ASUO Senate transfers $142,000 for Mallard Madness
Mallard Madness may soon become a reality thanks to a recent vote by the ASUO Senate to transfer $142,000 from the over-realized funds into the concert’s line item.
ASUO executive members Zan Schindler and Lainie Vinikoor helped make this possible. Both members have been working for months, contracting with Macklemore and Ryan Lewis to schedule the group to perform at the proposed concert.
The concert would cost students $15 to attend and would take place in Matt Knight Arena.
The idea of this concert came about through the We Are Oregon campaign that noticed a hankering from students who strongly supported the idea of holding a university-supported concert.
“We are the only Pac-12 school that doesn’t provide something like this,” Vinikoor said.
The funding of the concert, combined with the $15 ticket cost would ensure that the concert could happen multiple times down the road, with the main hope from the ASUO executive team that the concert would be completely sustainable in the future.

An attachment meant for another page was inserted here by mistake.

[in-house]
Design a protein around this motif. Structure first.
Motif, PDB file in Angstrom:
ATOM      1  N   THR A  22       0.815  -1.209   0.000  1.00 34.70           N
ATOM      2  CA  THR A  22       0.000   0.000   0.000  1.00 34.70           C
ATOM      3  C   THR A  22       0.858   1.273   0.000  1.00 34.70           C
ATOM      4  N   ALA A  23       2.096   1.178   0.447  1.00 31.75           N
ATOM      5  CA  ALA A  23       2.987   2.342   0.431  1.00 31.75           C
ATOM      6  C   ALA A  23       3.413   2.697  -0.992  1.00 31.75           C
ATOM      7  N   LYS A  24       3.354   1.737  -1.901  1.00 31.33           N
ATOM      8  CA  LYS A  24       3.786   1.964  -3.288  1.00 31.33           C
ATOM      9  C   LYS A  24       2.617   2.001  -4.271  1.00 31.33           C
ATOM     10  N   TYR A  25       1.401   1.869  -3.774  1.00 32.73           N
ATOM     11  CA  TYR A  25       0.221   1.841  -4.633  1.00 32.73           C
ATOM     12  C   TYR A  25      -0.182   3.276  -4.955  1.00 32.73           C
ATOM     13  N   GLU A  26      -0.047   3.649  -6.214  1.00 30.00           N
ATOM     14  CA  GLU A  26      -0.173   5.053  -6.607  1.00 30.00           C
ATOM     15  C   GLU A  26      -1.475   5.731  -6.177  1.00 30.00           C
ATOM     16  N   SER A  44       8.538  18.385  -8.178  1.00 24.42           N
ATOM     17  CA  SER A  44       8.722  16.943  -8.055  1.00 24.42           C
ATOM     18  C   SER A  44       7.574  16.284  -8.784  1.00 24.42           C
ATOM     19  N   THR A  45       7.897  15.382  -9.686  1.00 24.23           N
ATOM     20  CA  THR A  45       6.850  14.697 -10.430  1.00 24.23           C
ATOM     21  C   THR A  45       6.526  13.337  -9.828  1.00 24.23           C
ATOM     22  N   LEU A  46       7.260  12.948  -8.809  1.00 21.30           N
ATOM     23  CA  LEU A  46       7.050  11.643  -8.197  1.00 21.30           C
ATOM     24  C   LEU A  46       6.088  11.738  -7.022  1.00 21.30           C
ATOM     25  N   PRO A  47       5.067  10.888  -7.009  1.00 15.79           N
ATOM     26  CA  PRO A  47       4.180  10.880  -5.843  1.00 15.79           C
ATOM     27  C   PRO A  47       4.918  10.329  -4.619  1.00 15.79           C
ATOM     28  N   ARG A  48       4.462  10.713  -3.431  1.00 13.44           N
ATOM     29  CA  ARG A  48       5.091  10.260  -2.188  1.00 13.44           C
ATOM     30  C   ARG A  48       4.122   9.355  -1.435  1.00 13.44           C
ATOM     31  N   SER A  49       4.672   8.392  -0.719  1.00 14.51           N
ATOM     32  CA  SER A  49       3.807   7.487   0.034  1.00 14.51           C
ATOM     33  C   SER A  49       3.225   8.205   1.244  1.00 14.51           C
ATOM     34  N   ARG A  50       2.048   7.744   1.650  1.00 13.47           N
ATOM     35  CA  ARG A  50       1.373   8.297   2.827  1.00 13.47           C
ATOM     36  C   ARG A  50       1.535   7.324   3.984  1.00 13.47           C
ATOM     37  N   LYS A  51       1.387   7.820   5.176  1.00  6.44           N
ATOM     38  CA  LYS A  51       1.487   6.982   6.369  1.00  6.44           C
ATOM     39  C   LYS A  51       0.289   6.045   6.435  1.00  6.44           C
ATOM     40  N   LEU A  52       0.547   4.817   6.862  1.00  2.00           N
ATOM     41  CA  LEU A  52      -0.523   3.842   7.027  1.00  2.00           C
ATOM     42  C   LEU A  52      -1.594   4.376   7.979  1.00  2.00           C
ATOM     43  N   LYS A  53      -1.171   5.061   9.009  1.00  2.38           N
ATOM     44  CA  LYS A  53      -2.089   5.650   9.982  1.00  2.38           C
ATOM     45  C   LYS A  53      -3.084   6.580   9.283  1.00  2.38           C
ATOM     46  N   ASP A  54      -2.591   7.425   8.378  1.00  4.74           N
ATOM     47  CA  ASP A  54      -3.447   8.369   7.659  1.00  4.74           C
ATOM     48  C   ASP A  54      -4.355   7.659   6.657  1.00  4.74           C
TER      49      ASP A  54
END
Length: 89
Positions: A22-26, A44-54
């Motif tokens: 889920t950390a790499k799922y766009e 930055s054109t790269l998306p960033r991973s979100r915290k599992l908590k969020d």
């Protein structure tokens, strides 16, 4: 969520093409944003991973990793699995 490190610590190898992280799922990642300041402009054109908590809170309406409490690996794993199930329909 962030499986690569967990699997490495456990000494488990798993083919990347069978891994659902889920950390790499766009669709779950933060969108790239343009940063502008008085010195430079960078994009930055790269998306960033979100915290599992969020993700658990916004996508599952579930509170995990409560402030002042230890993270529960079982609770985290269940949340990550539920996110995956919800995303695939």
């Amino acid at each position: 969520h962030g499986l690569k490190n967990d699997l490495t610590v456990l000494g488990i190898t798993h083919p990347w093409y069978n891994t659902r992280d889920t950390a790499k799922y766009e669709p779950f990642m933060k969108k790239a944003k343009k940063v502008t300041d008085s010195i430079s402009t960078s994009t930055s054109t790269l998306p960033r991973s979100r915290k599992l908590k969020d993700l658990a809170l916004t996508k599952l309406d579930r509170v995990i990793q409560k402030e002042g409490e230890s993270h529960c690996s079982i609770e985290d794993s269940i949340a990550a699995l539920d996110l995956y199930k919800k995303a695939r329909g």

“I support this because I’ve looked at who it will impact and I think this is first and foremost something that students want,” ASUO senator Taylor Allison said.
Although many senators were in strong support of the concert, there were senators — and audience members — who adamantly opposed the funding.
“There are many organizations that could be funded that would impact students in a much greater way. What if a student on this campus found out they had an STD because of ASUO funding? This is a much greater impact,” ASUO Sen. Ben Bowman said. “If we make this allocation tonight, we will not have an opportunity to help any of those organizations later this year.”
Audience members were concerned that if the request was passed, other groups would not have a fair chance to promote their needs and ideas to the Senate at a later date. The over-realized budget before the Mallard Madness request was $212,000 so the request, fiscally speaking, would use up a majority of the funds leaving only $70,000 in the over-realized fund for the rest of the year.
After two hours of discussion, Senators ended any ongoing discussion by moving to vote.
The motion passed 11-5-1. Multiple audience members did not have a chance to speak on the topic despite waiting up to five hours.
Emma Newman, the ASUO advocacy director, approached Senate later in the meeting and communicated to the body that some of the audience members were “very disappointed” about how they were treated by Senate and how they were not offered a chance to speak.
“I wanted to talk to that as well,” Bowman said. “Because we always preach inclusiveness and when we got a room full of students with lots of ideas we didn’t let them talk.”
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